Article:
If you look up “ramen alley”, you’ll find that there are such alleys all over Japan. If you happen to be in Tokyo, one of such alleys is in the Tokyo Station itself. It has some ramen shops that features signature ramen from all around Japan. When we got there, we counted about 10 different ones.
Despite the selection of delicious ramen, there are three reasons I had a bit of an underwhelming experience at this particular alley. Maybe my tales of ramen woe will help others have a more pleasant experience ramen tasting. Nevertheless, I think I would have better enjoyed my experience if I had time to try all the different shops. Also, it’s not like my ramen experience was bad. Don’t get me wrong, the ramen I had was good, but I was looking for a particular ramen taste.
First of all, I actually had an incredibly hard time finding the place, even with GPS, because we kept going into the wrong underground entrance and ended up walking in circles in the subterranean halls of different buildings that had all been connected in an underground labyrinth. Lesson learned: when finding your way around major city areas in Japan, stay above ground. Also, asking people, security guards, and shop people helps too.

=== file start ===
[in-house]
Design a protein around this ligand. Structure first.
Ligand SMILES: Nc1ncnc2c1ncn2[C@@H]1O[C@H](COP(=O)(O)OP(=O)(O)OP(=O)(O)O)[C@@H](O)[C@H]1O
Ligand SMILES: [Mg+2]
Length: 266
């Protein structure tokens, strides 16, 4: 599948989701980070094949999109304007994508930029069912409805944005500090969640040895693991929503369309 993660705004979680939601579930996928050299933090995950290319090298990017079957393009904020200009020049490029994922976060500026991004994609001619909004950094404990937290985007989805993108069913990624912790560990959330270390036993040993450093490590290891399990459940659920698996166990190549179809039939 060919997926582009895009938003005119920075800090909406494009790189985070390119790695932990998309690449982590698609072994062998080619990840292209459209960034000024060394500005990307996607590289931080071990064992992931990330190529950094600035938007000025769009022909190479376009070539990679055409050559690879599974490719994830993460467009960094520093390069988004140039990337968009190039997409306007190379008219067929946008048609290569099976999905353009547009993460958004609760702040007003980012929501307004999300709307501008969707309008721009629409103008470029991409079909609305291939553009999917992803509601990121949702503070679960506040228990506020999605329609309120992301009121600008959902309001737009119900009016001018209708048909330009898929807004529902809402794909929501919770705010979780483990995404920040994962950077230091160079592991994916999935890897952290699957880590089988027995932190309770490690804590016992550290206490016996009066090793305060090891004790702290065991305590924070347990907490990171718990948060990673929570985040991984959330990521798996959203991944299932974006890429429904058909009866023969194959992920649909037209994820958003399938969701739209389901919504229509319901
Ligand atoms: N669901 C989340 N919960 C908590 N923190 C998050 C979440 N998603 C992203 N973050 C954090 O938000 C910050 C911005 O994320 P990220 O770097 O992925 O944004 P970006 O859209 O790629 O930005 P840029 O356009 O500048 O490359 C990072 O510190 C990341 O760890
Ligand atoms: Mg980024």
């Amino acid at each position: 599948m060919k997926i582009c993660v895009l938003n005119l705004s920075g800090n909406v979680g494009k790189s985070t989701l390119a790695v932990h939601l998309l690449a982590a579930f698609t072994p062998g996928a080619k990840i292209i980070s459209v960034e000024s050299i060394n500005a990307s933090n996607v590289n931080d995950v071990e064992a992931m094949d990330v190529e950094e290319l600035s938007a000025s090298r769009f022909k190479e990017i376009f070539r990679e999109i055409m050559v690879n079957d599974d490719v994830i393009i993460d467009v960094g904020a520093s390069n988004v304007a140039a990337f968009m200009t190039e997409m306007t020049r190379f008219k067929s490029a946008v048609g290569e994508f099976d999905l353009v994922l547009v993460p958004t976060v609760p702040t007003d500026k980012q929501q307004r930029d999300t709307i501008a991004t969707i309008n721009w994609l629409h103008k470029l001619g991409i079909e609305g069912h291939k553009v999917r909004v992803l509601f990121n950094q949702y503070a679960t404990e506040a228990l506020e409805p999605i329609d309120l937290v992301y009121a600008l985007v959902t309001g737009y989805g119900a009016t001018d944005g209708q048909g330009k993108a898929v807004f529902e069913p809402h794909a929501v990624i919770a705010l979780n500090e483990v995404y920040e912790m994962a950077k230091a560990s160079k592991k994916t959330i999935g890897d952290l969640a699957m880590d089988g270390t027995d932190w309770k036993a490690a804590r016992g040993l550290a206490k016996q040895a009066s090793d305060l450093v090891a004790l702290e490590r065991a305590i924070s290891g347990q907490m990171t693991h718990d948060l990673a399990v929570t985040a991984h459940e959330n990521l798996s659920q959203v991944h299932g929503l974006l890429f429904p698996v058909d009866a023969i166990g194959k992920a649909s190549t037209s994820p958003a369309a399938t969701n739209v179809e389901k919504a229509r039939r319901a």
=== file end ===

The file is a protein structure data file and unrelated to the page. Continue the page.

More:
Second, when we finally got there, lines were long. So word of advice, go during off times and you’ll probably still have a wait, but not as ridiculously long as during peak hours. Though our lines were not that ridiculous, we also did not have a lot of time to wait around in the lines, even midsize ones, so we ended up just going to the one with the shortest wait. Lesson learned: rushed ramen is not good ramen.
Third, I suppose all of us had our own mental conception of what was the ultimate ramen taste, and all of us being from Downtown Los Angeles, we love our Orochon with its 8 levels of spiciness or even the rather satisfying Shinsengumi personalized ramen. But the real dream ramen is in Daikokuya, and not the current form of it, but the Daikokuya ramen of yesteryear, that is, about 10 years ago before some sort of change in ownership or cooking or something happened. I don’t know what happened, but it just doesn’t taste the same today as it did before. Anyways, that was the dream taste we were all kind of looking for, so even though the ramen we had was good, I think we were all looking for that old taste, maybe because it’s really that good or maybe because we’re stuck in old school nostalgia. Lesson learned: to enjoy regional ramen, taste with an open mind.
Would I go back to Ramen Alley next time in Tokyo? Probably. Primarily so I can try different ones and just be open to appreciating different tastes. I know it will be hard, though, since I’ve eaten at different ramen places in Japan, each purportedly “the best”, and I even have some at Denny’s in Japan, and nothing has been as magical as yesteryear Little Tokyo Daikokuya ramen.
Next up, spiriting away to the Ghibli Museum.